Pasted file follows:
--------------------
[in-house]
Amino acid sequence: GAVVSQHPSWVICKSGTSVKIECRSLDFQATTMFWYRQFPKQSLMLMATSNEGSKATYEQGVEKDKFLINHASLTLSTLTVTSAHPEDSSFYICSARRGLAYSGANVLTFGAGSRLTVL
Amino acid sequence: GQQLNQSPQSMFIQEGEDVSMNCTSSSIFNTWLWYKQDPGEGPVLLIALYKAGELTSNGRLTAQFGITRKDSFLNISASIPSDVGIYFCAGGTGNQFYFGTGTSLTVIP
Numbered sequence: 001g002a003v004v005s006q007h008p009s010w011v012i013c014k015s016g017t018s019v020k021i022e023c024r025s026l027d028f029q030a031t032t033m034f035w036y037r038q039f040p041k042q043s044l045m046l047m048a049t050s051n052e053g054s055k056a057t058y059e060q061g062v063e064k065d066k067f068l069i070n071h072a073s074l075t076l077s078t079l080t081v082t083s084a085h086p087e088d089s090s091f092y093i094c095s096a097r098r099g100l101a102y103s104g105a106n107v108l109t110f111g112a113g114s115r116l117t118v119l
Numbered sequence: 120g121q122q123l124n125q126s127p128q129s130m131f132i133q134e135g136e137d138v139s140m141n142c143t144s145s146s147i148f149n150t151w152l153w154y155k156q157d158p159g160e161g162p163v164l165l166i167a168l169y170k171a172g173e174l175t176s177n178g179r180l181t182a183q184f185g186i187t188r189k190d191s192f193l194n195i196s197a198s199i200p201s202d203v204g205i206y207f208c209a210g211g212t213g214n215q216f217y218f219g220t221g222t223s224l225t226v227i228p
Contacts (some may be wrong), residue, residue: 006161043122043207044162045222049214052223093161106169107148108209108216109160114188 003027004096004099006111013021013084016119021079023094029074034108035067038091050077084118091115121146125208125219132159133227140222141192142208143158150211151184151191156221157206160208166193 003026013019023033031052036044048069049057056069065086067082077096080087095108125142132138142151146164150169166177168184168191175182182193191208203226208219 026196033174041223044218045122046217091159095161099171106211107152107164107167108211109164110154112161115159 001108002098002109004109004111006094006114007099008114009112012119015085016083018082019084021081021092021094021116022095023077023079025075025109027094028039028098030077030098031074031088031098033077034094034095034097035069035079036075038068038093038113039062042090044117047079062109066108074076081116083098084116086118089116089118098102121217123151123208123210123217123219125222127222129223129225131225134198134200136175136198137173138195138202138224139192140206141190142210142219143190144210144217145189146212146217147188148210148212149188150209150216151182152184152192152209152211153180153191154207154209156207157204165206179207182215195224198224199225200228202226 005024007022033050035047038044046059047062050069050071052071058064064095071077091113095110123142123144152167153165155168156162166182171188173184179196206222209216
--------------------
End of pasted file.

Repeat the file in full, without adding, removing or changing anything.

[in-house]
Amino acid sequence: GAVVSQHPSWVICKSGTSVKIECRSLDFQATTMFWYRQFPKQSLMLMATSNEGSKATYEQGVEKDKFLINHASLTLSTLTVTSAHPEDSSFYICSARRGLAYSGANVLTFGAGSRLTVL
Amino acid sequence: GQQLNQSPQSMFIQEGEDVSMNCTSSSIFNTWLWYKQDPGEGPVLLIALYKAGELTSNGRLTAQFGITRKDSFLNISASIPSDVGIYFCAGGTGNQFYFGTGTSLTVIP
Numbered sequence: 001g002a003v004v005s006q007h008p009s010w011v012i013c014k015s016g017t018s019v020k021i022e023c024r025s026l027d028f029q030a031t032t033m034f035w036y037r038q039f040p041k042q043s044l045m046l047m048a049t050s051n052e053g054s055k056a057t058y059e060q061g062v063e064k065d066k067f068l069i070n071h072a073s074l075t076l077s078t079l080t081v082t083s084a085h086p087e088d089s090s091f092y093i094c095s096a097r098r099g100l101a102y103s104g105a106n107v108l109t110f111g112a113g114s115r116l117t118v119l
Numbered sequence: 120g121q122q123l124n125q126s127p128q129s130m131f132i133q134e135g136e137d138v139s140m141n142c143t144s145s146s147i148f149n150t151w152l153w154y155k156q157d158p159g160e161g162p163v164l165l166i167a168l169y170k171a172g173e174l175t176s177n178g179r180l181t182a183q184f185g186i187t188r189k190d191s192f193l194n195i196s197a198s199i200p201s202d203v204g205i206y207f208c209a210g211g212t213g214n215q216f217y218f219g220t221g222t223s224l225t226v227i228p
Contacts (some may be wrong), residue, residue: 006161043122043207044162045222049214052223093161106169107148108209108216109160114188 003027004096004099006111013021013084016119021079023094029074034108035067038091050077084118091115121146125208125219132159133227140222141192142208143158150211151184151191156221157206160208166193 003026013019023033031052036044048069049057056069065086067082077096080087095108125142132138142151146164150169166177168184168191175182182193191208203226208219 026196033174041223044218045122046217091159095161099171106211107152107164107167108211109164110154112161115159 001108002098002109004109004111006094006114007099008114009112012119015085016083018082019084021081021092021094021116022095023077023079025075025109027094028039028098030077030098031074031088031098033077034094034095034097035069035079036075038068038093038113039062042090044117047079062109066108074076081116083098084116086118089116089118098102121217123151123208123210123217123219125222127222129223129225131225134198134200136175136198137173138195138202138224139192140206141190142210142219143190144210144217145189146212146217147188148210148212149188150209150216151182152184152192152209152211153180153191154207154209156207157204165206179207182215195224198224199225200228202226 005024007022033050035047038044046059047062050069050071052071058064064095071077091113095110123142123144152167153165155168156162166182171188173184179196206222209216